The day that everyone was dreading the most finally arrived: Presentation Day.
So one by one, we gave our presentation in front of our classmates and tried to sell our idea. Mine went relatively okay in spite of the fact I thought I was going to pass out from nervousness. I think I made one minor mistake but I surprisingly recovered quite well from it and thankfully didn’t make such a fool of myself unlike I usually do.
I decided to put up my slides on my blog because I did put a lot of effort into my presentation since my concept document was very plain and simple. Due to the lack of illustrations and drawings, I decided to style the slides of the presentation in a way that would represent the visuals of my game so everyone would get a feel of how it would look like.
So after our presentations were done, our tutor asked us to get into our assigned groups and choose the game that we want to develop and to make a production scheme which will show who is going to work on what and how long we are planning to spend on each aspect of the game. Unfortunately, my game did not get chosen but I enjoyed doing this project so much even though my stress levels where through the roof! I’ve learned so much whilst doing this project and I look forward to developing the chosen game.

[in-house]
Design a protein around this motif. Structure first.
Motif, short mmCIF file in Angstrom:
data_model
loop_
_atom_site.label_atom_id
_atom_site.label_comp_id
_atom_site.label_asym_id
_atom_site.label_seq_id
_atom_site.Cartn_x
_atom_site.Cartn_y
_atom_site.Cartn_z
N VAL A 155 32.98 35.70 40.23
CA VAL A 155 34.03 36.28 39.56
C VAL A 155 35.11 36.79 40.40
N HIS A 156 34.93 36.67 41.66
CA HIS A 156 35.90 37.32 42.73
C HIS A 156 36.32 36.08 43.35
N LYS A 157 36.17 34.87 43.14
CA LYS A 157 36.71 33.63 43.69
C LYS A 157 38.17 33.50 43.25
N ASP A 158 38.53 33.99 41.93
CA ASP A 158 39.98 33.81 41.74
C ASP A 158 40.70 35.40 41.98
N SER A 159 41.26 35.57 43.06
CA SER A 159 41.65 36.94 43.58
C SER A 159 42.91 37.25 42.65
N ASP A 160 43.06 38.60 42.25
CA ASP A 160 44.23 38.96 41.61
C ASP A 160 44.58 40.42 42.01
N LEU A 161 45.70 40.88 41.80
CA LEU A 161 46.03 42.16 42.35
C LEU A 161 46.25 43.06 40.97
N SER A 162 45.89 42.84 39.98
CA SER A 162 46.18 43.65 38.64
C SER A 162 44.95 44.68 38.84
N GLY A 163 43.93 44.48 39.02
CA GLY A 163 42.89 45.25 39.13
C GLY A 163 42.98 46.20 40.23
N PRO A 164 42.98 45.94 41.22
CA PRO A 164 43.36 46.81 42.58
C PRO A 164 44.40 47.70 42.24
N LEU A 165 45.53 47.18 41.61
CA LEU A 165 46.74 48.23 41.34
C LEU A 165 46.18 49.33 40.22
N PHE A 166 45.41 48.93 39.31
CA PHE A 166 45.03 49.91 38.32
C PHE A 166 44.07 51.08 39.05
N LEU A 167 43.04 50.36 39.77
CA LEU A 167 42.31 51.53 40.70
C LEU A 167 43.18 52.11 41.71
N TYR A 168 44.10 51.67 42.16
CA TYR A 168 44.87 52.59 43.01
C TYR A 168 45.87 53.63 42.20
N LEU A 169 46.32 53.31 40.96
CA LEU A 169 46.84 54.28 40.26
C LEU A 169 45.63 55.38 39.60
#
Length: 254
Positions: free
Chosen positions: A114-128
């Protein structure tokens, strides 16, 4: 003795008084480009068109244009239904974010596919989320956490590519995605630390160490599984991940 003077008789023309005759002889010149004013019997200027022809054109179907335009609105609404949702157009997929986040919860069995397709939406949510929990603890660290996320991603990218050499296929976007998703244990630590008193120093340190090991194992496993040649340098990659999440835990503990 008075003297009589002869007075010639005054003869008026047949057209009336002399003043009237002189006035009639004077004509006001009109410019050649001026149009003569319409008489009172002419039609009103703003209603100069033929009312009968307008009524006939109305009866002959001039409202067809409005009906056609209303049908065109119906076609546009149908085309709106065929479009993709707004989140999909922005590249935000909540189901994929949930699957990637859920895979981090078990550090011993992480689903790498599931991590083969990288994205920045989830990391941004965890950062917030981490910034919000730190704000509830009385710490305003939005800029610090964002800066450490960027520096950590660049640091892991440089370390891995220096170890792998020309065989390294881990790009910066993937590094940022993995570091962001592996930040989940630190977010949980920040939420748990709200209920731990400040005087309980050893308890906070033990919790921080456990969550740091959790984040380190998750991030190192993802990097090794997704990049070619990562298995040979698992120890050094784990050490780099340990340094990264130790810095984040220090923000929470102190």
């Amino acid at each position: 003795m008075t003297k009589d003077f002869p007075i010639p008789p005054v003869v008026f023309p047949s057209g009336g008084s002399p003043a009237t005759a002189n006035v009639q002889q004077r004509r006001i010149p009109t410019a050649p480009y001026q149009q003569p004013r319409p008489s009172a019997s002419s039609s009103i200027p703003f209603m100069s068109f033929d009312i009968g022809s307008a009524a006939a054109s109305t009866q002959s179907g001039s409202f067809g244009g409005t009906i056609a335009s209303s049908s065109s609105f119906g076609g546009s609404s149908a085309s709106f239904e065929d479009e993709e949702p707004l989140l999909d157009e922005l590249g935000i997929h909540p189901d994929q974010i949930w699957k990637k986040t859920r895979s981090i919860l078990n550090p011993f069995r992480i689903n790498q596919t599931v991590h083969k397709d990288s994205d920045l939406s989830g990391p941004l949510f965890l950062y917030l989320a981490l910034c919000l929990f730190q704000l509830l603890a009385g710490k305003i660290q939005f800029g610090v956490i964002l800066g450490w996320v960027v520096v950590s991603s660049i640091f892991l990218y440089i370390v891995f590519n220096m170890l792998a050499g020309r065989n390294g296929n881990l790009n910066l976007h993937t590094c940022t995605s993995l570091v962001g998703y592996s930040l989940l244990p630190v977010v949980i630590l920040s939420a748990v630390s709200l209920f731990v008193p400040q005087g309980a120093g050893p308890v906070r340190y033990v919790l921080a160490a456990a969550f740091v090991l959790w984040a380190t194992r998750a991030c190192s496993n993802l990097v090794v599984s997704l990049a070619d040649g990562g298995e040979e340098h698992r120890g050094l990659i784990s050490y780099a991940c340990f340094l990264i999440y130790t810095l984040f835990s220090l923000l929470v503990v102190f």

Everyone will be involved in some way with each aspect but we’ve written down where we feel our strengths are.
2D Assets and Texturing
Game and Level Designer
Conceptualisation and Planning (Paper) 50%
This stage includes ALL planning done on paper.
Create list of gameplay features
- Create list of assets required for modelling, animation and software etc.
- Gameflow of prototype scenario
- Turn concept into art
- Room Design
- Create list of tracks, sound effects, voice acting.
Prototype (Computer) 50%
This stage includes ALL creation done on a computer.
- Creating 3D assets
- Creating 2D assets
- Creating music/sound effects/voice acting
- Assembling Assets in Unreal
- Grace Period